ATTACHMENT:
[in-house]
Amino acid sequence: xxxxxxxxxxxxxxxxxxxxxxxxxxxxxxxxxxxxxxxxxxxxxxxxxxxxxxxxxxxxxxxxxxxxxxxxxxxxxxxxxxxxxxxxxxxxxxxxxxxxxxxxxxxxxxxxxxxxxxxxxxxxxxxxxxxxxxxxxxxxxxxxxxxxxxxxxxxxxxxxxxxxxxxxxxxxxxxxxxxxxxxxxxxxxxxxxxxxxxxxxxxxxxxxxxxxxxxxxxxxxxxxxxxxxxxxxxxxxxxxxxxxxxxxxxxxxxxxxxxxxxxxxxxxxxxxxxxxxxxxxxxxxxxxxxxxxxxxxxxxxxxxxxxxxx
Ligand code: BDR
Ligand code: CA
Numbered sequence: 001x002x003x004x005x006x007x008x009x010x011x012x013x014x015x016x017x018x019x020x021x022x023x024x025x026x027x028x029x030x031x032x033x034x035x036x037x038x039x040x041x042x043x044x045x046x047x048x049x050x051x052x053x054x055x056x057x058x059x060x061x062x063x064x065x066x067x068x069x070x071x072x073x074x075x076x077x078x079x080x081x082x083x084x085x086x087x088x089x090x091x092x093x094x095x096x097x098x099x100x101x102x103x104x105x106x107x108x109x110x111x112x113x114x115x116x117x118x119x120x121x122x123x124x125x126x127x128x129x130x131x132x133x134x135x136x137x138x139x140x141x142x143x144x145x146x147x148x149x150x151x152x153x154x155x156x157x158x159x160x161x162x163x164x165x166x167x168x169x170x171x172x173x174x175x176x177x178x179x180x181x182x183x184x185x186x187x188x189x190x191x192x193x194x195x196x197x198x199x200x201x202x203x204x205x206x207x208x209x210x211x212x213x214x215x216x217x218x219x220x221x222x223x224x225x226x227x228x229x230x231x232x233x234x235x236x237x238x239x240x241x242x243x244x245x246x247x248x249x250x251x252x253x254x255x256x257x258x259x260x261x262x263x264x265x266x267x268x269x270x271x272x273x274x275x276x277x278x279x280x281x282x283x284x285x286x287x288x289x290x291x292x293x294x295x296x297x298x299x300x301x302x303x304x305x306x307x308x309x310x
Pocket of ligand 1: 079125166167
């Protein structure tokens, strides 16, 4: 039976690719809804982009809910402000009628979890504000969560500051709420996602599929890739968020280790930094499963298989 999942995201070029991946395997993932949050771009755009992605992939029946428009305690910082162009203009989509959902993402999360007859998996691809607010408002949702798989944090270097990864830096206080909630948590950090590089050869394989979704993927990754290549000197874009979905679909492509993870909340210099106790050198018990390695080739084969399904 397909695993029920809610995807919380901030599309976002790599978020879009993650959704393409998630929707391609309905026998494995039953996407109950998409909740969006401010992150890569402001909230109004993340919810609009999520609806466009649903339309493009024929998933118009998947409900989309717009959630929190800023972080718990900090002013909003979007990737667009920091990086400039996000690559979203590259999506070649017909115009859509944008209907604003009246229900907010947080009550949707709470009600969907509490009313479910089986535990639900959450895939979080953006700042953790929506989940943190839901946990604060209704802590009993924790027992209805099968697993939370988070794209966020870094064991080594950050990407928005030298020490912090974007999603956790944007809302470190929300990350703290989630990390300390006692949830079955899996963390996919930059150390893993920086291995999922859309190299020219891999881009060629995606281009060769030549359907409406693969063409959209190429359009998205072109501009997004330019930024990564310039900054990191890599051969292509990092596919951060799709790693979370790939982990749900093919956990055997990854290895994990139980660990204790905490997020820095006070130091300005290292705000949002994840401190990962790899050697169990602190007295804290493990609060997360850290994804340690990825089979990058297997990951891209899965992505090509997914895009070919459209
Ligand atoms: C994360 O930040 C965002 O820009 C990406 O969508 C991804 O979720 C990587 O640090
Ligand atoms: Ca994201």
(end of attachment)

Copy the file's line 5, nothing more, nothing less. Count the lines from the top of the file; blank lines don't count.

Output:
Numbered sequence: 001x002x003x004x005x006x007x008x009x010x011x012x013x014x015x016x017x018x019x020x021x022x023x024x025x026x027x028x029x030x031x032x033x034x035x036x037x038x039x040x041x042x043x044x045x046x047x048x049x050x051x052x053x054x055x056x057x058x059x060x061x062x063x064x065x066x067x068x069x070x071x072x073x074x075x076x077x078x079x080x081x082x083x084x085x086x087x088x089x090x091x092x093x094x095x096x097x098x099x100x101x102x103x104x105x106x107x108x109x110x111x112x113x114x115x116x117x118x119x120x121x122x123x124x125x126x127x128x129x130x131x132x133x134x135x136x137x138x139x140x141x142x143x144x145x146x147x148x149x150x151x152x153x154x155x156x157x158x159x160x161x162x163x164x165x166x167x168x169x170x171x172x173x174x175x176x177x178x179x180x181x182x183x184x185x186x187x188x189x190x191x192x193x194x195x196x197x198x199x200x201x202x203x204x205x206x207x208x209x210x211x212x213x214x215x216x217x218x219x220x221x222x223x224x225x226x227x228x229x230x231x232x233x234x235x236x237x238x239x240x241x242x243x244x245x246x247x248x249x250x251x252x253x254x255x256x257x258x259x260x261x262x263x264x265x266x267x268x269x270x271x272x273x274x275x276x277x278x279x280x281x282x283x284x285x286x287x288x289x290x291x292x293x294x295x296x297x298x299x300x301x302x303x304x305x306x307x308x309x310x